VISION & VALUES
"Where there is perfection there is no story to tell." ~ Ben Okri, poet and novelist
My vision is simple: to live in a world where all people are able to share their story. And to be heard.
I have had many different 'jobs' in my life. In South Africa, I taught undergrad English Literature and aerobics. It was the eighties - what can I say? I have been an astrology researcher, tarot reader and reiki practitioner. In the olden days, before computers and spell check, I worked at a publishing house, proofreading and editing. As a journalist, I wrote for a home and garden magazine. And if you have seen my garden (and my decorating), it will make you wonder what on earth I wrote. In Texas, as a hospice worker, I sat with people as they died. It remains the single sacred experience I have not yet written about. I have taught ballet and yoga, and have worked in school districts, dance studios, and with sports groups. I have facilitated restorative justice processes with individuals who have harmed and been harmed. I have been a daughter, a mother, a wife, a friend and a sister. And in every instance, it is the same - voicing our stories liberates and unites us.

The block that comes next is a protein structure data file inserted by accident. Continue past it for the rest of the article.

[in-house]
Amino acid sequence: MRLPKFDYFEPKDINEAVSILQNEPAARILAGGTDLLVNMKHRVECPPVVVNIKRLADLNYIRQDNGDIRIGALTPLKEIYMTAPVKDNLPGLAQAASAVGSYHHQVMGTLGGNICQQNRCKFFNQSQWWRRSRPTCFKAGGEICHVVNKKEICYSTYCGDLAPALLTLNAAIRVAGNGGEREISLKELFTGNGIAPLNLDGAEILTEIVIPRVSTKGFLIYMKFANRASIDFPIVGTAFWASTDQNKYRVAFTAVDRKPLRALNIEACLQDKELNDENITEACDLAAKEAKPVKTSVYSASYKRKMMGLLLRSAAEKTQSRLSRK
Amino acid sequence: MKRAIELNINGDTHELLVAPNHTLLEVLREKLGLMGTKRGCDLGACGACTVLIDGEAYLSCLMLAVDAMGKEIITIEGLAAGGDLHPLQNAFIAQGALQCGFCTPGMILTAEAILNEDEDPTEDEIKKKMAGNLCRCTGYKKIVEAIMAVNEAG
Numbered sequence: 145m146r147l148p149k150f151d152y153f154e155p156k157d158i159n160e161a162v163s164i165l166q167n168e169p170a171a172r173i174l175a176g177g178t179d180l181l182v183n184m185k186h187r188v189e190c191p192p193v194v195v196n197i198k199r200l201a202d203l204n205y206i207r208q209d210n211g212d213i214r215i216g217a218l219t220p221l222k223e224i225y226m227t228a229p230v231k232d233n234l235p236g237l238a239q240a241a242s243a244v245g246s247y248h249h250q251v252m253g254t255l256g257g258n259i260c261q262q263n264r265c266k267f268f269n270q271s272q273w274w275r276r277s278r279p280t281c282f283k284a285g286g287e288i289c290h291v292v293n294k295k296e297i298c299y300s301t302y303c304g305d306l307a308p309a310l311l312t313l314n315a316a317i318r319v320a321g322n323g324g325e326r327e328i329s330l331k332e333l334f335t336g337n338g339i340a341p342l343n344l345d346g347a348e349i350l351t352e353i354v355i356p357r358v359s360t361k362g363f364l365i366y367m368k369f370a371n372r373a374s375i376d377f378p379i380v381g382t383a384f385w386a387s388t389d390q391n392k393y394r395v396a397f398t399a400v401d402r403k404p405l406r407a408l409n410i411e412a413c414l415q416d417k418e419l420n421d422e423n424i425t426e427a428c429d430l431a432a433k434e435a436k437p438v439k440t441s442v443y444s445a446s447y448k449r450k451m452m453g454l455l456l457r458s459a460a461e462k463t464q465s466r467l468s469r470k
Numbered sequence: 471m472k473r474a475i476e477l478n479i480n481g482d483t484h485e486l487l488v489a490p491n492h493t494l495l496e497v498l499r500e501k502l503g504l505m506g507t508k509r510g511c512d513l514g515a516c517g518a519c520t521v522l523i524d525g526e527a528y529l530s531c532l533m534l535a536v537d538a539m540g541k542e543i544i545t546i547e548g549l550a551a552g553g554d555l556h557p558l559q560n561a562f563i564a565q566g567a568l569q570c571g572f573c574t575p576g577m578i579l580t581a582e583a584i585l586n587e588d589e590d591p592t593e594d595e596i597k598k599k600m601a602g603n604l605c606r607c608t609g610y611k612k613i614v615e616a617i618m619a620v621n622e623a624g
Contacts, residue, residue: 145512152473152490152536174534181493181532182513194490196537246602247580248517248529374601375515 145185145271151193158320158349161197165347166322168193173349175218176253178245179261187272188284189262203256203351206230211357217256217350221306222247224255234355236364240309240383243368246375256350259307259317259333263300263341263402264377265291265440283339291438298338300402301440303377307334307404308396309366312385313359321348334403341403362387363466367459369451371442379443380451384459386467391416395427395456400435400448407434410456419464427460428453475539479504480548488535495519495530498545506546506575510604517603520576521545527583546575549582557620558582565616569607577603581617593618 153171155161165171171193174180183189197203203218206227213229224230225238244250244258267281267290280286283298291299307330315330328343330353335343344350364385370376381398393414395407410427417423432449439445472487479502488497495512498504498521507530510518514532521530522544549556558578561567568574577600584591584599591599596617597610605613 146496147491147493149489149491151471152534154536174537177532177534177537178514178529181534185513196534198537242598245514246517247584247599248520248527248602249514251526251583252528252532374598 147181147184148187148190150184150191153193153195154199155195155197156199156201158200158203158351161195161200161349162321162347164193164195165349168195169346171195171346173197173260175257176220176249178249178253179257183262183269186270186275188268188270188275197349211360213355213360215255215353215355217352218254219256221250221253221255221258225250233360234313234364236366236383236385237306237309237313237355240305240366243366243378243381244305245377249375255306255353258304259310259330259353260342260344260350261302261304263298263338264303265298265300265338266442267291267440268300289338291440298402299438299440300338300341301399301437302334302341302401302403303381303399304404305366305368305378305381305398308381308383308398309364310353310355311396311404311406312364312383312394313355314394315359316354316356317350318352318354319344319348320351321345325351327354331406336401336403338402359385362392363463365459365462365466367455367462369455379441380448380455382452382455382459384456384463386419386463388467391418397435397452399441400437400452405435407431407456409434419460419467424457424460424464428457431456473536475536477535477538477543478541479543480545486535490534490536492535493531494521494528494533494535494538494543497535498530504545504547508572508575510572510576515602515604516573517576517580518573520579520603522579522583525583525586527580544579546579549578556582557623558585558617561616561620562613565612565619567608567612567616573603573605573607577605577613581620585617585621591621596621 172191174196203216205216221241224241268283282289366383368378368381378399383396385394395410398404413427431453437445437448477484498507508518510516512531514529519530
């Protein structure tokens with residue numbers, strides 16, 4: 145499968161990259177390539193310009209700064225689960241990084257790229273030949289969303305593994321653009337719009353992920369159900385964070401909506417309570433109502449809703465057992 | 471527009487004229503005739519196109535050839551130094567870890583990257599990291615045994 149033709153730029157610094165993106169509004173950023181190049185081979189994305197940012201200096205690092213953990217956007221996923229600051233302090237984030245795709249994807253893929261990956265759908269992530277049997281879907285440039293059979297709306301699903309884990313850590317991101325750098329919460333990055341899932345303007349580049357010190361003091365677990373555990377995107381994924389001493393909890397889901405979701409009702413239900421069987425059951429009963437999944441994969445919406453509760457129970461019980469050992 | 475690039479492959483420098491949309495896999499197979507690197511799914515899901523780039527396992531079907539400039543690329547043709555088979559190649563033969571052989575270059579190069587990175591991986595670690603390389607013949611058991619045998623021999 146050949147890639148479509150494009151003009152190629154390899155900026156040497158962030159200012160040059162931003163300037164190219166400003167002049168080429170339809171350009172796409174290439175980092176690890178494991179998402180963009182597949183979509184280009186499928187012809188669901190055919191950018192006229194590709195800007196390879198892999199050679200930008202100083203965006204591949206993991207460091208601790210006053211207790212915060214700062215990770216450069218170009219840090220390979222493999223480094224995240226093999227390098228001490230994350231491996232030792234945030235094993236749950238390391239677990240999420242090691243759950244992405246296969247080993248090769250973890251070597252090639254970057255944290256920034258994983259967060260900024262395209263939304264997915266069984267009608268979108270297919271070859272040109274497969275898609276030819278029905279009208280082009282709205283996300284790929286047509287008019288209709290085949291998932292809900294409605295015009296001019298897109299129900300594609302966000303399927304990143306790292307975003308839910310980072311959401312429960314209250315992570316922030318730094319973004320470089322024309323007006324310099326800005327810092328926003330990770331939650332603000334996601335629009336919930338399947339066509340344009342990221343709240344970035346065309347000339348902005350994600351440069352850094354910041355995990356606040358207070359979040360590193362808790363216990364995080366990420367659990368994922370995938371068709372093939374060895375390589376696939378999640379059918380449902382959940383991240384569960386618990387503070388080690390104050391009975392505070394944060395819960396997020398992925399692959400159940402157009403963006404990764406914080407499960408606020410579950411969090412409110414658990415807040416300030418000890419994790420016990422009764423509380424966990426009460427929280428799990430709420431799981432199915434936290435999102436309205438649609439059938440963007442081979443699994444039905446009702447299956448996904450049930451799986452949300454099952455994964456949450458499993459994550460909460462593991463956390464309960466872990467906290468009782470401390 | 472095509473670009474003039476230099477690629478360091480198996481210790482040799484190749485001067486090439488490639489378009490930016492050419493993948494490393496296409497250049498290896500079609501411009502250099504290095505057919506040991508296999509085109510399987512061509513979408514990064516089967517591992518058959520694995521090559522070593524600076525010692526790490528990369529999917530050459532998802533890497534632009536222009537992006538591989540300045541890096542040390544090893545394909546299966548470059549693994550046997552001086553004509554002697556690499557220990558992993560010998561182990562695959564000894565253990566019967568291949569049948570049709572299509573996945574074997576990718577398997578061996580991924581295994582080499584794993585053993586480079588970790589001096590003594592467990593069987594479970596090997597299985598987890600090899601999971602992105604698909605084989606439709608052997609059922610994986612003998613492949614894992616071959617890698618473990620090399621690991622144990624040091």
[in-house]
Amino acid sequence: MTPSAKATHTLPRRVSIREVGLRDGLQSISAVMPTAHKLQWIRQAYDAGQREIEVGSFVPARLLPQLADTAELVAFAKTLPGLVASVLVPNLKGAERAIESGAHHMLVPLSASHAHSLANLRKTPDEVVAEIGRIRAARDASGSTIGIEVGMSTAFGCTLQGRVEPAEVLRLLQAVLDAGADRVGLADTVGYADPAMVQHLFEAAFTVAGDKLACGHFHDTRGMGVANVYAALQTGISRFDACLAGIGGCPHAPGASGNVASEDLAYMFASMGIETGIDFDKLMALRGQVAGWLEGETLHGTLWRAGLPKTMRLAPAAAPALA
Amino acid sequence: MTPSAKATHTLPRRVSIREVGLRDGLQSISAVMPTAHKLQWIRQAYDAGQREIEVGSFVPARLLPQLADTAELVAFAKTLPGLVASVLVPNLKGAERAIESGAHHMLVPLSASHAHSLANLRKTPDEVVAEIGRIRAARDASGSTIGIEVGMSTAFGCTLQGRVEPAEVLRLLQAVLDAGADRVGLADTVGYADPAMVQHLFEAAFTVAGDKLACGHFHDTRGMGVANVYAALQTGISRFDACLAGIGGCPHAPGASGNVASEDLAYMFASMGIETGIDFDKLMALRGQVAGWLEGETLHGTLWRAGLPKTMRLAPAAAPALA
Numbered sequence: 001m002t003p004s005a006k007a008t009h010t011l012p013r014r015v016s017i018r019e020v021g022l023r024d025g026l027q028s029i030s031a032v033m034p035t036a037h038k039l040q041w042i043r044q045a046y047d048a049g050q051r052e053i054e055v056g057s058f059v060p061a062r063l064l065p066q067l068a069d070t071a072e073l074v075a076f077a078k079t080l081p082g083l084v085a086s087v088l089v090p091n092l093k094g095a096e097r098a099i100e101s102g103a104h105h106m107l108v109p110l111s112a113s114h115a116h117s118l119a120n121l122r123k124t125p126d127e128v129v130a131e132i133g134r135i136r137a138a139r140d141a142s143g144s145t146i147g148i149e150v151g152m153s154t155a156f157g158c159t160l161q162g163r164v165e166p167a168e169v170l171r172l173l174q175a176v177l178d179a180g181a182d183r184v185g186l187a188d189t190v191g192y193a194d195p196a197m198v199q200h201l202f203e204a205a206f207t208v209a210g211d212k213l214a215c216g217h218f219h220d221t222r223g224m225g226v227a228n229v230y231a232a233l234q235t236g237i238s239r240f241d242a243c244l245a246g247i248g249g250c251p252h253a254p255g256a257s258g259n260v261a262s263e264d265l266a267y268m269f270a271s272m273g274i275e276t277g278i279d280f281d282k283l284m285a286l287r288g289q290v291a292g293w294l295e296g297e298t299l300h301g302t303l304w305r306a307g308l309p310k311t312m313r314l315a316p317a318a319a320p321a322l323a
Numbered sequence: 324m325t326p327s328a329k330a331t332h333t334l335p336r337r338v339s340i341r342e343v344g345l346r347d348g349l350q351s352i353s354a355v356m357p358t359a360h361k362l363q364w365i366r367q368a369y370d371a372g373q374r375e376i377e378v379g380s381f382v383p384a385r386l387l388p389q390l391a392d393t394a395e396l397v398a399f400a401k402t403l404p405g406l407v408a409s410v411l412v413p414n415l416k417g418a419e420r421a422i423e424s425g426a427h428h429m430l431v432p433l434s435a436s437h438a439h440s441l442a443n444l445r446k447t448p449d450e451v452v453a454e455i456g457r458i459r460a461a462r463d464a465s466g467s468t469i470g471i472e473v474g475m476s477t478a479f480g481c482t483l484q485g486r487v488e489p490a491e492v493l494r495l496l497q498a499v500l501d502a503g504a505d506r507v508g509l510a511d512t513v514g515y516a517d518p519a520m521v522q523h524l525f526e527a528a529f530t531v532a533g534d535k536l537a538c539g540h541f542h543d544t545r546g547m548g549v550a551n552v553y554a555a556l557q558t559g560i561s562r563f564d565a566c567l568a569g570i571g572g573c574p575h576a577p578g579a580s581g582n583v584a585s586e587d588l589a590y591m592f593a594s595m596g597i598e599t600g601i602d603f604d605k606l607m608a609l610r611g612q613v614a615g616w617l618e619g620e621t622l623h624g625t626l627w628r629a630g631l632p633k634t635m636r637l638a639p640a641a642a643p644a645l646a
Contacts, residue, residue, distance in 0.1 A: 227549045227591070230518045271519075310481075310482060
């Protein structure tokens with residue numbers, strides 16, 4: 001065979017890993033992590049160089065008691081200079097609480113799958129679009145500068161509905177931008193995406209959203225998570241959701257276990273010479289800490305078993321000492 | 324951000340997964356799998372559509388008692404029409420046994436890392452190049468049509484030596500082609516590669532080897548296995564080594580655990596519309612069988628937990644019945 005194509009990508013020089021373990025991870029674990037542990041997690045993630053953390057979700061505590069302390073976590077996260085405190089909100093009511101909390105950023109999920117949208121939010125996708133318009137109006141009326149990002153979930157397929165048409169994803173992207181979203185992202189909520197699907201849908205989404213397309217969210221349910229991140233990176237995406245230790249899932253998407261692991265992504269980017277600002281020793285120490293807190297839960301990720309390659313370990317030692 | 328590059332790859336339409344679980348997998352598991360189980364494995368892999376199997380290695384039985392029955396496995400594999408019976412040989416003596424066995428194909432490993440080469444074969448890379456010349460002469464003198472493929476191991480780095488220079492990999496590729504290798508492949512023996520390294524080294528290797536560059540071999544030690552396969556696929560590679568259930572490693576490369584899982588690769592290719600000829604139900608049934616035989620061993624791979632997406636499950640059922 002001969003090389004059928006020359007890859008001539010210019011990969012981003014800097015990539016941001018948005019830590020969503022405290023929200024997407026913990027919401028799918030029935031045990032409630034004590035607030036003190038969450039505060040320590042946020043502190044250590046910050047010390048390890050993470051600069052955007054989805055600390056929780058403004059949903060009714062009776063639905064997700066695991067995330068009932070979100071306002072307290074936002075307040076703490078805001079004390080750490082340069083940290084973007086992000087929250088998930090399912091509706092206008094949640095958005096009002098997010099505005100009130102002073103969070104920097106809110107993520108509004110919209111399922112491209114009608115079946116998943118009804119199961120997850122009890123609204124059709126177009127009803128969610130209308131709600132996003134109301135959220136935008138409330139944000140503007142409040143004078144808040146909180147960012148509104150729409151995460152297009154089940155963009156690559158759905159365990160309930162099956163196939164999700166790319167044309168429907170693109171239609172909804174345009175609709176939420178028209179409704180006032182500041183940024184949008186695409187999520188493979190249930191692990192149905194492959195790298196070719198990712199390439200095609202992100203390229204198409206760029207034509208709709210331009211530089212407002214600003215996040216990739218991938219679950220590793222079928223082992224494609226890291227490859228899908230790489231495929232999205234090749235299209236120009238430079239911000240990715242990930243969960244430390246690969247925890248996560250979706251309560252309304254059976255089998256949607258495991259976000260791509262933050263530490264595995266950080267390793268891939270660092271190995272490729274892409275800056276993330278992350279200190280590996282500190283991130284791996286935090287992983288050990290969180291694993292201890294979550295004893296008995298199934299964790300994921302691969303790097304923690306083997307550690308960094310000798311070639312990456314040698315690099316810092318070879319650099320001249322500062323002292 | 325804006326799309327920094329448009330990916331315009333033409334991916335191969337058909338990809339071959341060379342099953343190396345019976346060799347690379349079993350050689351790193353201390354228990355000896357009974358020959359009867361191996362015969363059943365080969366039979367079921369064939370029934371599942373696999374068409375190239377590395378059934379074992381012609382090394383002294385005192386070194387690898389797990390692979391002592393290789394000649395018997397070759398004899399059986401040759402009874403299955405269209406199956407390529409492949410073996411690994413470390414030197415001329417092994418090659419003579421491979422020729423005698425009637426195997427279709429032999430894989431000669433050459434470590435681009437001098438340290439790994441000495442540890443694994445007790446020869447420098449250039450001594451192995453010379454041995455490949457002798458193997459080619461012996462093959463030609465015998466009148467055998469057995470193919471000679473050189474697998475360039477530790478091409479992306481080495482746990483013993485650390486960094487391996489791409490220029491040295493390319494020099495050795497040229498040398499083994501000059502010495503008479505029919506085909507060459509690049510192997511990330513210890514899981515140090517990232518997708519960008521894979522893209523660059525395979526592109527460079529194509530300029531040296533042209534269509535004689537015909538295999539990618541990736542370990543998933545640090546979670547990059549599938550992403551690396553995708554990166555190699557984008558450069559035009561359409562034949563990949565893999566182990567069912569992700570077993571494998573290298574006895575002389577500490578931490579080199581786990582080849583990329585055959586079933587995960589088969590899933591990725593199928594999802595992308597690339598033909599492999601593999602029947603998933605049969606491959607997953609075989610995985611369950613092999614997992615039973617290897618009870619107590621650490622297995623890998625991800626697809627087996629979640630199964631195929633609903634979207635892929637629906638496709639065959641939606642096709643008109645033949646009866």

The spirit of ubuntu is etched in my bones. Loosely translated, ubuntu means "I am because you are." The way I feel, act, think, react, is so intricately entwined with your thoughts, actions, beliefs and reactions to me, that finding where you start and I end is near impossible. This is the power of community and the need to belong.
During a board strategic planning session a few years ago, I decided it was time to do a little personal strat planning. How do I want to live the rest of my life? What are my values?
It was a messy process. Lots of dancing in circles. But when I looked closely at what truly gives my days meaning, there were three that popped out, like neon fairy lights in a forest at midnight. They don't make a fancy acronym but that's OK.
And so, when I decide what work to do, whether to chat with a stranger, travel during a pandemic, or even whether to get on the back of a motorcycle, these are what guide me...
Anything can be done kindly. Sometimes it just takes a little longer.
Defined as a "feeling of reverential respect mixed with wonder," it's how five-year-olds view the world.
I have found it easier to reach this state when I remove my shoes.
This is my reminder of how very little I know about others' lives. Of what it is to be someone else.
When I cross paths with someone, I try to forget everything I think I know about life and human beings.
And that's often when I discover the most fantastic, unexpected things. Which brings me back to awe...